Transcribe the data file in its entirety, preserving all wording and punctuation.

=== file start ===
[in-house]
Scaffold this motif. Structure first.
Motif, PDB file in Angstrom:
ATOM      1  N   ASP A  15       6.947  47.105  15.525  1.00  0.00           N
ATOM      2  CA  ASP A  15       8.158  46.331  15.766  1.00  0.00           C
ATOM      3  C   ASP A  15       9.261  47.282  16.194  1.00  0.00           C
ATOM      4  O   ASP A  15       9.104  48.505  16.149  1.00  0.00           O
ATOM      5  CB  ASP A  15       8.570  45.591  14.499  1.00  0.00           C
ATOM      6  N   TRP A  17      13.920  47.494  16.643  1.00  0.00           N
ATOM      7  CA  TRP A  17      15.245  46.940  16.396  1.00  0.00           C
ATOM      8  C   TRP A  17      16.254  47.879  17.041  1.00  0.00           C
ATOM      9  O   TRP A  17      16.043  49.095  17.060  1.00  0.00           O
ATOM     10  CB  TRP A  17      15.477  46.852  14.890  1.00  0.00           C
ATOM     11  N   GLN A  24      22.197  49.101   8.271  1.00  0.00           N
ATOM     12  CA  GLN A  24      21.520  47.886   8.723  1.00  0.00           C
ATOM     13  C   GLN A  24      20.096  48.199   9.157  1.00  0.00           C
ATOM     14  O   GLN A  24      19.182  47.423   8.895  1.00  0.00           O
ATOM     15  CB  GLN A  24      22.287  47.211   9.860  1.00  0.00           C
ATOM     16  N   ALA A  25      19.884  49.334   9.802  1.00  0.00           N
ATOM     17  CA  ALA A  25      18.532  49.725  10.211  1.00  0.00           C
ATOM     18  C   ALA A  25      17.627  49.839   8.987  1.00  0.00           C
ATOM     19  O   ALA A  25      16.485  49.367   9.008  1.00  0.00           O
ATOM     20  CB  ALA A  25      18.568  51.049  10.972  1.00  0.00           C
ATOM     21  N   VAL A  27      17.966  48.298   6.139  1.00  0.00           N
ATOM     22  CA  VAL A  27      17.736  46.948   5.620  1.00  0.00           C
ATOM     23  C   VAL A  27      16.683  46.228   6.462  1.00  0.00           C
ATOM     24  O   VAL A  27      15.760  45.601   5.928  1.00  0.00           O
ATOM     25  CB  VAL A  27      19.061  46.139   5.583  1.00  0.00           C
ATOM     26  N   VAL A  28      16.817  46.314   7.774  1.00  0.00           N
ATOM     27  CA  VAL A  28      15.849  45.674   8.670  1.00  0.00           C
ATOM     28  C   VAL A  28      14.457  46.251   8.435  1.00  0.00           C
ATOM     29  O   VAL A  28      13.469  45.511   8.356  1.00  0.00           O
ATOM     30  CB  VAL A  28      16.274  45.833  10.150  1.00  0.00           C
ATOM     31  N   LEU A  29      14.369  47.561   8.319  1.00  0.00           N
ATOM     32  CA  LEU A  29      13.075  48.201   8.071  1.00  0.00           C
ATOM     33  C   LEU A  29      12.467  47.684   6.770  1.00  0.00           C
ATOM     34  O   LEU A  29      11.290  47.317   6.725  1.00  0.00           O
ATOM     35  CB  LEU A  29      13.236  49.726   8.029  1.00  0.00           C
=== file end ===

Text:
[in-house]
Scaffold this motif. Structure first.
Motif, PDB file in Angstrom:
ATOM      1  N   ASP A  15       6.947  47.105  15.525  1.00  0.00           N
ATOM      2  CA  ASP A  15       8.158  46.331  15.766  1.00  0.00           C
ATOM      3  C   ASP A  15       9.261  47.282  16.194  1.00  0.00           C
ATOM      4  O   ASP A  15       9.104  48.505  16.149  1.00  0.00           O
ATOM      5  CB  ASP A  15       8.570  45.591  14.499  1.00  0.00           C
ATOM      6  N   TRP A  17      13.920  47.494  16.643  1.00  0.00           N
ATOM      7  CA  TRP A  17      15.245  46.940  16.396  1.00  0.00           C
ATOM      8  C   TRP A  17      16.254  47.879  17.041  1.00  0.00           C
ATOM      9  O   TRP A  17      16.043  49.095  17.060  1.00  0.00           O
ATOM     10  CB  TRP A  17      15.477  46.852  14.890  1.00  0.00           C
ATOM     11  N   GLN A  24      22.197  49.101   8.271  1.00  0.00           N
ATOM     12  CA  GLN A  24      21.520  47.886   8.723  1.00  0.00           C
ATOM     13  C   GLN A  24      20.096  48.199   9.157  1.00  0.00           C
ATOM     14  O   GLN A  24      19.182  47.423   8.895  1.00  0.00           O
ATOM     15  CB  GLN A  24      22.287  47.211   9.860  1.00  0.00           C
ATOM     16  N   ALA A  25      19.884  49.334   9.802  1.00  0.00           N
ATOM     17  CA  ALA A  25      18.532  49.725  10.211  1.00  0.00           C
ATOM     18  C   ALA A  25      17.627  49.839   8.987  1.00  0.00           C
ATOM     19  O   ALA A  25      16.485  49.367   9.008  1.00  0.00           O
ATOM     20  CB  ALA A  25      18.568  51.049  10.972  1.00  0.00           C
ATOM     21  N   VAL A  27      17.966  48.298   6.139  1.00  0.00           N
ATOM     22  CA  VAL A  27      17.736  46.948   5.620  1.00  0.00           C
ATOM     23  C   VAL A  27      16.683  46.228   6.462  1.00  0.00           C
ATOM     24  O   VAL A  27      15.760  45.601   5.928  1.00  0.00           O
ATOM     25  CB  VAL A  27      19.061  46.139   5.583  1.00  0.00           C
ATOM     26  N   VAL A  28      16.817  46.314   7.774  1.00  0.00           N
ATOM     27  CA  VAL A  28      15.849  45.674   8.670  1.00  0.00           C
ATOM     28  C   VAL A  28      14.457  46.251   8.435  1.00  0.00           C
ATOM     29  O   VAL A  28      13.469  45.511   8.356  1.00  0.00           O
ATOM     30  CB  VAL A  28      16.274  45.833  10.150  1.00  0.00           C
ATOM     31  N   LEU A  29      14.369  47.561   8.319  1.00  0.00           N
ATOM     32  CA  LEU A  29      13.075  48.201   8.071  1.00  0.00           C
ATOM     33  C   LEU A  29      12.467  47.684   6.770  1.00  0.00           C
ATOM     34  O   LEU A  29      11.290  47.317   6.725  1.00  0.00           O
ATOM     35  CB  LEU A  29      13.236  49.726   8.029  1.00  0.00           C